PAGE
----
Turning on a Dime

Do you remember how last week we were working on that single quarter line? Well, this week was about as different as you can get.

Flatwork was pretty basic, really just to get the motors running. Addy had the day before off and no outdoor play time earlier that day (stupid snow), so we had no brakes. She wasn’t taking off or being fresh, she just reeeeeally really didn’t want to slow down. And despite my newfound courage, this was making me a little nervous about jumping. I figured if she was this heavy and fast on the flat, it would only get worse over fences.

Of course like the perfect girl that she is (I will never admit to her having any faults), as soon as she realized we were jumping she settled right down. I’m convinced she just loves her job and wants to show off a bit.

But now to the exciting part: the course Trainer set for us was the 2008 Maclay Medal 2nd round (see the original here). In a tiny indoor. She made a good point though- if I could make the turns in here, I could make them anywhere. Not even jumper classes will put in turns so tight. Here’s my oh-so-professional-made-in-Powerpoint diagram:

Could there BE more jumps in here??
Could there BE more jumps in here??

Yeah. I know. INSANE! But let’s walk through it. Fence 1 was a simple trot vertical with a hairpin turn to another small vertical, tight right turn to a forward bending four strides, quarter line in a forward three strides, diagonal oxer rollback to fences 8a and 8b in one stride, skinny brick wall with no standards with a tight turn to the center crossrail, rollback off the rail to a stone wall with no standards, and a galloping seven strides to the final vertical. Phew! I have to catch my breath just thinking about it.

I honestly thought this would be the day I fell off. Not because I thought Addy would misbehave, but because I figured I’d probably go flying off the side around one of those tight turns. But it actually went surprisingly well!

Trotting into the first jump set us up at a nice collected canter for the turn to that next vertical, which in turn set us up for an easy right turn to the bending line. We had to leg hard to get the four since we didn’t have a lot of momentum built up, but we re-balanced down the short end before re-legging up for the forward three. Collecting again for the diagonal oxer set us up for the tight turn to the in-and-out, but the striding was really comfortable for that pace. We got nice and slow and bouncy for the skinny brick knowing that Addy would likely over-jump it (it’s her least favorite jump), and we had a hard right over the middle. Landing on our left lead set us up for that rollback to the stone wall, and then we galloped on out of there.

I was very pleasantly surprised at our ability to navigate that course. For such a bulky big horse, Addy is super willing to make tight turns if I balance her correctly, and she’s so honest- the only times she’ll refuse are if I’m making her job too hard for her to do properly.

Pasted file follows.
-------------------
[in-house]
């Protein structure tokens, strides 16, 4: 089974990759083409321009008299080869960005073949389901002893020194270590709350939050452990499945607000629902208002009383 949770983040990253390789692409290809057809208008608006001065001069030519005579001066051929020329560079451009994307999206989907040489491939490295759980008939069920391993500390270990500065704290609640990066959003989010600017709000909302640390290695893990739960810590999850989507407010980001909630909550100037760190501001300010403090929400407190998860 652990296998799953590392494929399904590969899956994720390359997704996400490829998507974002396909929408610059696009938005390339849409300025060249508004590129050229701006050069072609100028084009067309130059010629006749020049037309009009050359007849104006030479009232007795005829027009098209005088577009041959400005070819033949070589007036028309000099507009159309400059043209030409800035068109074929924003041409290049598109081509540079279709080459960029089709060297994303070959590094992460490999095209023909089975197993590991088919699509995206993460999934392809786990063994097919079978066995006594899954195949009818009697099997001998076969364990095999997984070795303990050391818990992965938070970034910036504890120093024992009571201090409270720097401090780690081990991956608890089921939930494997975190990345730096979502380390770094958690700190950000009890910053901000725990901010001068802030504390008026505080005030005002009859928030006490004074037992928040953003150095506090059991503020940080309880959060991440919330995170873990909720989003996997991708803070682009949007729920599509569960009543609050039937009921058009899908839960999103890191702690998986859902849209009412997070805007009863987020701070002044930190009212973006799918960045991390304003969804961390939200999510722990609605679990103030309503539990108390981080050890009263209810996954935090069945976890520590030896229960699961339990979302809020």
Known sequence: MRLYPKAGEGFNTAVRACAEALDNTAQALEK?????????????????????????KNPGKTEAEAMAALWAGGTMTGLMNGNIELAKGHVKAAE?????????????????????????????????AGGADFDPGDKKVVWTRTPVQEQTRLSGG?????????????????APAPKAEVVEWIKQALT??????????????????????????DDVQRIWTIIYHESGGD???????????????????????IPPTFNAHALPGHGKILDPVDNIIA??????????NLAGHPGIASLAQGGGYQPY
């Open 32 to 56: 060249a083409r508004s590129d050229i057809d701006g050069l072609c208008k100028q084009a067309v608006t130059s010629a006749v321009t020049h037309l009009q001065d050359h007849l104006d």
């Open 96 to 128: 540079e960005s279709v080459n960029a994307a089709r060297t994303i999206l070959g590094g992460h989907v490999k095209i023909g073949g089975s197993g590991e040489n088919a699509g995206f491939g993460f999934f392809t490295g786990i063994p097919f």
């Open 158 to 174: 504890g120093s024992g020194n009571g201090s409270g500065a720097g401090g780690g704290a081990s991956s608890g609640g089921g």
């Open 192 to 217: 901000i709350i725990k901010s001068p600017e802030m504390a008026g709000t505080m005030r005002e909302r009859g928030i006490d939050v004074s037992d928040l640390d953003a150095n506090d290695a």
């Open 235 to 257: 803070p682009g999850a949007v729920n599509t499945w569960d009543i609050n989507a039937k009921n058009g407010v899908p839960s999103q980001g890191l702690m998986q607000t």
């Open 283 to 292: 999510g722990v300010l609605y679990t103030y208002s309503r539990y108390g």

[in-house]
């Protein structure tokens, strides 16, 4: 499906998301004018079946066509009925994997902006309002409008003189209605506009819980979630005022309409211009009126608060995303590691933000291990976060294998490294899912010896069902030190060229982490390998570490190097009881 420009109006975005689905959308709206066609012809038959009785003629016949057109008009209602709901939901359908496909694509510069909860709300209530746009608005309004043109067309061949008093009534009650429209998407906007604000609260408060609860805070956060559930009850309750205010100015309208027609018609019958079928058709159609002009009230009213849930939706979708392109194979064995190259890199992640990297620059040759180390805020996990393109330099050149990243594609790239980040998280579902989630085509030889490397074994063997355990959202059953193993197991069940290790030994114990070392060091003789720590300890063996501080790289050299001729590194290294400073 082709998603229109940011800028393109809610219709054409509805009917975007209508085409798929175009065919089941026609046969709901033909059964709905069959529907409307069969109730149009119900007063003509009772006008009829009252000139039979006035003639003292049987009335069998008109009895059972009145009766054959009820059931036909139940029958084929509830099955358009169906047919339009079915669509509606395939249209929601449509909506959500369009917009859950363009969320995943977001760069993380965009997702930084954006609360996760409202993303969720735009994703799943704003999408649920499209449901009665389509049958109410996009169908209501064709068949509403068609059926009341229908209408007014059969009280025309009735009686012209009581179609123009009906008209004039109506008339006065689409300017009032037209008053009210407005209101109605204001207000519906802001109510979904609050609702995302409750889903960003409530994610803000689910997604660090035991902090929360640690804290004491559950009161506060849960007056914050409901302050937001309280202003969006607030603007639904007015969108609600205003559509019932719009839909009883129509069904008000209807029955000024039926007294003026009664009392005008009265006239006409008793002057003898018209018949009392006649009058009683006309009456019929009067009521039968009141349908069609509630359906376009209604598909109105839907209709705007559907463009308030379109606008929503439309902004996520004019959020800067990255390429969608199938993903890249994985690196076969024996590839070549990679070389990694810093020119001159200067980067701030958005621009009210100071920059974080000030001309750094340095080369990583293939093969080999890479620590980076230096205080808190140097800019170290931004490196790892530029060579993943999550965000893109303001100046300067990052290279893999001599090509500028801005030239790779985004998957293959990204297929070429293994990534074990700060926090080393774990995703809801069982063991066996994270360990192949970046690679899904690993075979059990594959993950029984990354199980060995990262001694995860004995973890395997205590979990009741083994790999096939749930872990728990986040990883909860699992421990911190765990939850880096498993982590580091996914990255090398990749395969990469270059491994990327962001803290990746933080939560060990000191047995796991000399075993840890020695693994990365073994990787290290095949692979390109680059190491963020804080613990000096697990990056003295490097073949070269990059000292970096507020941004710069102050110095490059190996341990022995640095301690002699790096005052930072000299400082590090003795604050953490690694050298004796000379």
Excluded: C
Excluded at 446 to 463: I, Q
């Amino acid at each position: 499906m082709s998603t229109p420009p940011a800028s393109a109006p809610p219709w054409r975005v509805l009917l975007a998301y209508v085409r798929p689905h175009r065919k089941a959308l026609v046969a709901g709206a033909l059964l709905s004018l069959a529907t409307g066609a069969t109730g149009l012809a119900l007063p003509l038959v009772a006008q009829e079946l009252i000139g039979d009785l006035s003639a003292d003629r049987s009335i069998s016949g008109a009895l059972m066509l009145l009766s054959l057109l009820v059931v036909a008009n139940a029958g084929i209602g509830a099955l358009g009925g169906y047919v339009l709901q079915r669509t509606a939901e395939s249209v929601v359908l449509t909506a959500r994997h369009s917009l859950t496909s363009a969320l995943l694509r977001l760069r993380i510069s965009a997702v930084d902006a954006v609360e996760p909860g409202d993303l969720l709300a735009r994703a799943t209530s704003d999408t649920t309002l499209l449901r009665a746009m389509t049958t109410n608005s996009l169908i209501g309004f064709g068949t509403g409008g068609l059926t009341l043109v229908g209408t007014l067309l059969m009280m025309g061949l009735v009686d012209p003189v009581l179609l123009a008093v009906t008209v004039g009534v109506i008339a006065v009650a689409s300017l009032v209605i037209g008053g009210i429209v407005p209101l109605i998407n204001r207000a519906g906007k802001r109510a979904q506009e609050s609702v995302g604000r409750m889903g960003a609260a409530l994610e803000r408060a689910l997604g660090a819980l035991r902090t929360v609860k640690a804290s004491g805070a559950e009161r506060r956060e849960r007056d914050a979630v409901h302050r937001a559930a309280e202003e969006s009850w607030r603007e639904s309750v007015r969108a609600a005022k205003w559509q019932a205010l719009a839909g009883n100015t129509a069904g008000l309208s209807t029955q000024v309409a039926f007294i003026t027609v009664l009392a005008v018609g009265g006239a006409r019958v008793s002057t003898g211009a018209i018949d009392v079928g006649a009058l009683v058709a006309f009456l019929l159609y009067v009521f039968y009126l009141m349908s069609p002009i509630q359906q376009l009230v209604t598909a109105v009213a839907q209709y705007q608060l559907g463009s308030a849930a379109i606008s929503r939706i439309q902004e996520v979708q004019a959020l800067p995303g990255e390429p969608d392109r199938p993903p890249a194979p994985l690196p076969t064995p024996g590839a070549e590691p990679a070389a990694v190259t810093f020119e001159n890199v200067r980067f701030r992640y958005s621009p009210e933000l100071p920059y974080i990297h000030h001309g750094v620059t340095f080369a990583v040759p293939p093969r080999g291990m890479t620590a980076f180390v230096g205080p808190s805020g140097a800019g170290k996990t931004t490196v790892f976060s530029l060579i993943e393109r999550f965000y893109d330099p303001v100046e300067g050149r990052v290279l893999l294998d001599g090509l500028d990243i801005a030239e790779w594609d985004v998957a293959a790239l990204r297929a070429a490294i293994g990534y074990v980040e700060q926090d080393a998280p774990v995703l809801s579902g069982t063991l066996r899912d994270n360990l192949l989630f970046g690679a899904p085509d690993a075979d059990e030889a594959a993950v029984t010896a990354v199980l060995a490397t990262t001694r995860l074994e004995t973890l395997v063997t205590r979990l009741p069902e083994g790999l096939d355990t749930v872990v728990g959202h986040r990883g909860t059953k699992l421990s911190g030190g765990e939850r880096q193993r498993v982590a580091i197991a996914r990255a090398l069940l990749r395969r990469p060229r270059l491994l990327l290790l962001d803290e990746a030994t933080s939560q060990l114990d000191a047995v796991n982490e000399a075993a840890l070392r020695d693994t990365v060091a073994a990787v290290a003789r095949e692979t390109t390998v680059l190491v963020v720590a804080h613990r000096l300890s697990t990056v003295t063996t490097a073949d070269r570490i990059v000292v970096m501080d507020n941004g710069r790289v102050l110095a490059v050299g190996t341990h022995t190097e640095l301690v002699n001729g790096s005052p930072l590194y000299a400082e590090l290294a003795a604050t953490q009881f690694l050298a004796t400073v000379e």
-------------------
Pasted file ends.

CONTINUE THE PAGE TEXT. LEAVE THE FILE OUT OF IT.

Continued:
Things that went really well:

  • The forward lines. We’re always being told to “woah” down the lines, so getting to stretch open and use her big stride felt great. I felt like I was able to move with her more naturally and see my distances better when we carried that pace.
  • The in-and-out rode super nice out of that corner. It was a big stride but kept us in control for the next turn.
  • The skinny brick. It’s not that Addy dislikes it persay, she’s just never quite sure if it really counts as a jump if there’s no standards. But apparently she’s learning to love it, ’cause we only overjumped it a little and she never hesitated at it.
  • The final vertical. I loved that thing. The galloping seven was perfect there, and I could feel her jumping it so cute. For whatever reason, I felt really connected and put together over that jump every time.

Things that didn’t go as well:

  • The track from the skinny brick to the middle crossrail. I needed to add in another half-halt there to make that smoother. We made it over both jumps, but that’s about the best you can say about it.
  • The rollback over the standard-less stone wall. That was the worst! I’d keep my right leg on to encourage her around the tight corner, then forget to put my left leg back on to straighten her out. You can guess what happened- we sailed right by the left side. It took so many tries to get that right.

This was hugely different from what we worked on last week, and it was so much fun! I even got to practice my automatic release a bit, and it was a lot easier when we were carrying that pace. And the awesome advice I got in the comments last week definitely helped! None of the jumps were much higher than 2’9″, but it was a blast getting back to my equitation roots. Now that I know Addy can absolutely keep up with the tight turns it’s just making me more eager to move up to the adult medals with her.

What do you think of that course? Any tips for handling those tight turns more smoothly?


10 thoughts on “Turning on a Dime

  1. Tracy 01/22/2015 / 3:16 pm

    So I’m pretty much a strictly-hunter rider and those turns make my brain want to explode. My Hunter Bus cannot make those handy turns, lol


    • Olivia 01/22/2015 / 3:37 pm

      When my trainer told us the course, I literally laughed in her face. Brains were definitely exploding!


  2. tigerspell 01/22/2015 / 8:22 pm

    Wow. Those are some turns. I’m not confident I could do that even if I was a horse!


    • Olivia 01/22/2015 / 8:26 pm

      Same here! Luckily the horse had more confidence haha


  3. carey 01/23/2015 / 11:05 am

    Wow, that looks like so much fun! Sounds like you guys really handled it well. Nice job!


    • Olivia 01/23/2015 / 11:08 am

      Thanks! It was definitely a fun challenge for us!


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